Chase cardholders were sent an email in May 2019 regarding changes to the terms of their credit card accounts. Although some may have deleted or ignored this notification, it could have included a “binding arbitration” clause that will limit or prohibit their ability to sue the bank.
If cardholders do not opt-out of the binding arbitration clause by the deadline, they will not be able to join any class action suits and will be required to have their dispute resolved through an arbitrator.
If you are a Chase credit card account holder, here is what you need to know and do.
What is Arbitration?
“With arbitration, you cannot go to court, have a jury trial or initiate or participate in a class action for your dispute(s) with us,” Chase stated in notifications sent to customers.
This new clause will require any dispute between consumers and Chase be resolved by binding arbitration. Customers will be banned from suing the company and required to have the case resolved through a private arbitrator. This clause also prohibits people from filing class-action lawsuits.
In 2009, a class action suit against certain banks accused them of forcing customers into arbitration. Chase and other banks agreed to drop arbitration provisions for a period of about three and a half years as a settlement in 2010.
After that period ended, banks brought back arbitration clauses. A report by the Pew Charitable Trusts reported nearly two-thirds of banks (72%) had such clause mandates in place by 2016 compared to 59% in 2013.
In 2016, the Consumer Financial Protection Bureau stepped in and proposed rules prohibiting mandatory arbitration clauses. However, in November 2017, President Trump signed a joint resolution passed by Congress to disapprove the Arbitration Rule under the Congressional Review Act (CRA), which means the rule has no force or effect.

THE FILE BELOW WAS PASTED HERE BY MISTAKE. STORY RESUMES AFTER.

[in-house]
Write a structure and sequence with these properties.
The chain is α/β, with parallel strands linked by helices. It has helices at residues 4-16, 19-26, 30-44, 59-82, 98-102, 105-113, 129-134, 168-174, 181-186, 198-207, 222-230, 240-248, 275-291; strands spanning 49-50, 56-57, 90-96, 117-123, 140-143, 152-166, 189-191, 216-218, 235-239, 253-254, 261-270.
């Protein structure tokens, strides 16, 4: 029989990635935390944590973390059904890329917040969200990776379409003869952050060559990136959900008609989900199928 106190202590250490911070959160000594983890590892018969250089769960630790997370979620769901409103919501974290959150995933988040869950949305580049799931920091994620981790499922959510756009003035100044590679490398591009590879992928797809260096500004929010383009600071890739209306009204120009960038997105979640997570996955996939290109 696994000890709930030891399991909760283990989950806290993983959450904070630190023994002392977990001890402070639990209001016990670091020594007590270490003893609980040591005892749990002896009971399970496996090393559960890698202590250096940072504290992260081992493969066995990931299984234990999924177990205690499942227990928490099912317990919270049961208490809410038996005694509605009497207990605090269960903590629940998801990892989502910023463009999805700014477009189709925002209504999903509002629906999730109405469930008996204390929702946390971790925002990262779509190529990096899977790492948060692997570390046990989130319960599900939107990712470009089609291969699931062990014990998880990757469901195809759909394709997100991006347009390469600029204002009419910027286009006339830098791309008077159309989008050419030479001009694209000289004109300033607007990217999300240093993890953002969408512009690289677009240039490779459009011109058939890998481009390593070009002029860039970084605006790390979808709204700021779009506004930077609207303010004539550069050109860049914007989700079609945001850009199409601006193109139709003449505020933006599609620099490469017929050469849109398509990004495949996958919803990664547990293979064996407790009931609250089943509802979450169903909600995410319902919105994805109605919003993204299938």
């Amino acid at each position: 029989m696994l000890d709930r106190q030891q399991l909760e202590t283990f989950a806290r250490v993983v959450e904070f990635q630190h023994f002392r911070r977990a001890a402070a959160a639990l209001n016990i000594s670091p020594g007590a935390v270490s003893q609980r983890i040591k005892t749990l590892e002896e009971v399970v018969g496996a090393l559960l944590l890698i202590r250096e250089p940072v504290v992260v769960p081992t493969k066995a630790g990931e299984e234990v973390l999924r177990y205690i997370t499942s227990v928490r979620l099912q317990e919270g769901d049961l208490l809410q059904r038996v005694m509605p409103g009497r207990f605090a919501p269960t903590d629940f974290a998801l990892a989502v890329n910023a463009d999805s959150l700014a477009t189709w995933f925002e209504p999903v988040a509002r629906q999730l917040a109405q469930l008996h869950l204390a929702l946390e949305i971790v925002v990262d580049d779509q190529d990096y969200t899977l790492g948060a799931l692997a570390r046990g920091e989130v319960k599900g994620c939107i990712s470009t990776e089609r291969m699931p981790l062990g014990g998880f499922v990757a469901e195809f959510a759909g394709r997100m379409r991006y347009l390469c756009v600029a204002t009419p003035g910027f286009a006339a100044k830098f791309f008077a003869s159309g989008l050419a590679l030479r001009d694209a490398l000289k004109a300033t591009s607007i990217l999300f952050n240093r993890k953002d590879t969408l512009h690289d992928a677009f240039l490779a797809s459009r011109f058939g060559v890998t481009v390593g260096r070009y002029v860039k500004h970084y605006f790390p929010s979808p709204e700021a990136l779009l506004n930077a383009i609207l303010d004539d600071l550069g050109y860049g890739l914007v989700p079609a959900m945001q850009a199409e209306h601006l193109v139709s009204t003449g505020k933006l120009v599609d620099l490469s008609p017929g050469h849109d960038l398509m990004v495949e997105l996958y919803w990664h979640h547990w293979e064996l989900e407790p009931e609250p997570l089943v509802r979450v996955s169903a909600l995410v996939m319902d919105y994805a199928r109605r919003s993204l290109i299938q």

This now gives Chase and other banks the opportunity to mitigate major losses from class-action suits by prohibiting customers from taking their disputes to court. A Chase spokeswoman stated to The New York Times that arbitration can have “better outcomes” for consumers.
Who is affected?
“Nearly all of our credit cards will add this element to the cardholder agreement, except for the AARP card,” Trish Wexler, JPMorgan Chase’s chief communications officer told MarketWatch.
Some members of the military may be excluded from the arbitration clause as well.
How to Opt-Out of Chase’s Arbitration Clause
Consumers who received the notice and want to opt-out of the arbitration clause must send a letter by mail to P.O. Box 15298, Wilmington, DE 19850-5298. The letter must state that you reject the agreement to arbitrate. It must also include your name, account number, address, and personal signature.
Also, check the fine print of the notification received for the exact deadline.
Consumers are reporting different deadline dates from Aug. 7 to no later than Aug. 9, 2019. Others have reported seeing “within 60 days” of receipt of notification to opt-out of the binding arbitration clause.
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